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sion, had the front painted in order to obliterate the defendant's sign, made necessary repairs, tried to find a new tenant, and finally rented them to Guan Kee for a laundry, for five years from October 1, at $40 per month, which he says was the very best he could do. The new lease extended nearly one year beyond the term of the defendants' lease. So far as appears nothing was said or done by plaintiff, other than as above stated, to qualify his acts in taking possession, and reletting. He did not inform defendants that he did not accept the offered surrender, nor that he would relet on their account. This suit was commenced December 3, 1888.

Do these facts show a surrender of the term? A surrender is the yielding up of an estate for life or years to the reversioner or remainderman. Under the statute of frauds, it can be done only by express consent of the parties in writing, or by operation of law when the parties do something which implies that both have consented. These acts are such as the parties would be estopped from disputing, and which would not be valid unless the term were ended; as, for instance, a new lease accepted by the tenant, or the resumption of possession by the landlord if the tenant acquiesces, or the giving of a lease to another. And any act which will amount to an eviction will estop the landlord, and make a formal surrender unnecessary. And, while it is said that a surrender by operation of law is by acts which imply mutual consent, it is quite evident that such result is quite independent of the intention of the parties that their acts shall have that effect. The landlord may accept the keys, take possession, put a bill on the house ‘For Rent,' and at the same time apprise the tenant that he still holds him liable for the rent. All this, it was said in Marseilles v. Kerr (7), is for the benefit of the tenant, and is not intended, nor can it have the effect, to put an end to the contract and discharge him from rent. In that case the trial court had instructed the jury, in effect, that, if the tenant gave up the demised premises, the landlord may re-enter and relet, and that it is for the advantage of the tenant that he should do so, and being for the mutual advantage of the parties, it raises no presumption that the landlord has accepted a surrender. Of this instruction the court said: We see no error in this. It is good sense as well as good law.' In that case the landlord expressly refused to accept a surrender, and notified the defendant that he would hold him for the rent.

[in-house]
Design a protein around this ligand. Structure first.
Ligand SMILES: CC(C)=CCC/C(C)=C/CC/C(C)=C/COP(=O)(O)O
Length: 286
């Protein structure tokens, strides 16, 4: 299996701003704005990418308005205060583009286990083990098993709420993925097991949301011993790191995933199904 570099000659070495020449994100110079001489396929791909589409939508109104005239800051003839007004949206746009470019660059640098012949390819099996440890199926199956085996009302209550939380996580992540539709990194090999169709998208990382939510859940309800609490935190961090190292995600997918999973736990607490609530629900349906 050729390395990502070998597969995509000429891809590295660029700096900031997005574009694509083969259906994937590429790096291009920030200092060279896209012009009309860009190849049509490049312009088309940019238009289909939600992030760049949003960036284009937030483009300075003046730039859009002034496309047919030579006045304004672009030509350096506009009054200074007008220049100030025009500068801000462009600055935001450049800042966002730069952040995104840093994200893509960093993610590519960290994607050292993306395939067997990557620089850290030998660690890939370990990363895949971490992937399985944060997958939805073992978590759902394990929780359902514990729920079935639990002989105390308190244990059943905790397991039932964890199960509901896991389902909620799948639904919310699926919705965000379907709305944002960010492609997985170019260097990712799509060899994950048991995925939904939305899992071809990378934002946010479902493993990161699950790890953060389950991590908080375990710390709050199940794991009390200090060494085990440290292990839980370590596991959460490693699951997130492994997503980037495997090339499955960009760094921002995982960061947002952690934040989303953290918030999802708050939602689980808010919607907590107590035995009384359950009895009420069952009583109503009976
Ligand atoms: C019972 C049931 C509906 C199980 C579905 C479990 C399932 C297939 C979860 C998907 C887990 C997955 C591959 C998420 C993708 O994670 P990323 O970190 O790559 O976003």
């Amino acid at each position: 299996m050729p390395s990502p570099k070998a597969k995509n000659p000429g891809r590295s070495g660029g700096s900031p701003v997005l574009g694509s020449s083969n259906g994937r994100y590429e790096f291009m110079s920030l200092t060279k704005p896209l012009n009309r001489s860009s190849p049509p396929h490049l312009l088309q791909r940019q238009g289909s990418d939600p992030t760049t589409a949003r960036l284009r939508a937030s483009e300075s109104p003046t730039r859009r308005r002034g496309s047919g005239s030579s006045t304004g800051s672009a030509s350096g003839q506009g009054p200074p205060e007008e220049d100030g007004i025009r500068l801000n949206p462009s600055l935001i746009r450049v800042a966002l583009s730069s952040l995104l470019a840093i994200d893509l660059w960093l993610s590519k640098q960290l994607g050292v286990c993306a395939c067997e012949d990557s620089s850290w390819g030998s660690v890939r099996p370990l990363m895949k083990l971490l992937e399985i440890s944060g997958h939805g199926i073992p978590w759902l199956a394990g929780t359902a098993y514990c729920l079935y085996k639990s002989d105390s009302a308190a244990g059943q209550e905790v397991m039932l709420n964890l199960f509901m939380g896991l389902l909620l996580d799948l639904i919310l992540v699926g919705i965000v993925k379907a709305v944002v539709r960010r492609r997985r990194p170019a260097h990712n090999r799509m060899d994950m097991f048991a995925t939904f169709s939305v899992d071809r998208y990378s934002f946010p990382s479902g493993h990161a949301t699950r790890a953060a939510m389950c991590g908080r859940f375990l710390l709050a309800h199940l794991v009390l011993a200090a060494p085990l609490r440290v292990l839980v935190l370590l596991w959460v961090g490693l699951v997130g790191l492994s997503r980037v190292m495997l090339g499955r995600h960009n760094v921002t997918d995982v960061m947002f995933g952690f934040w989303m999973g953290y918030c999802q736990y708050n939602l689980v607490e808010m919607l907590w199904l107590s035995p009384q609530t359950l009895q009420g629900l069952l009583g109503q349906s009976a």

“While there are many cases which hold to this view, the weight of authority and the better reason are the other way. The term is an estate in lands. The tenant, subject to the covenants of the lease, is the owner of the term. If he leaves the demised premises vacant and avows his intention not to be bound by the lease, his title still continues, unless the landlord has accepted the offer of surrender. The landlord has no more right to the possession of the lease than a stranger. Admit that he may take such care of the property as will prevent waste, still he must not interfere with the right of the tenant to the absolute dominion and control. If he does so interfere it is an eviction, and the tenant will be released. The tenant cannot

(7) 6 Wharton, 500.


abandon his title; and notwithstanding he has gone out, unless the surrender is accepted, that continues. It is his right to resume possession at any time during his term. If he brings ejectment against the new tenant, what defense can the new tenant have, except that plaintiff's right has ceased? How has it ended unless by surrender? The assertion that the reletting is for the interest of the tenant is gratuitous and unwarrantable, though, if it were true, how would that fact tend to show authority in the landlord to dispose of the tenant's property? Any person might assume authority on the same ground.” Judgment for defendant (8).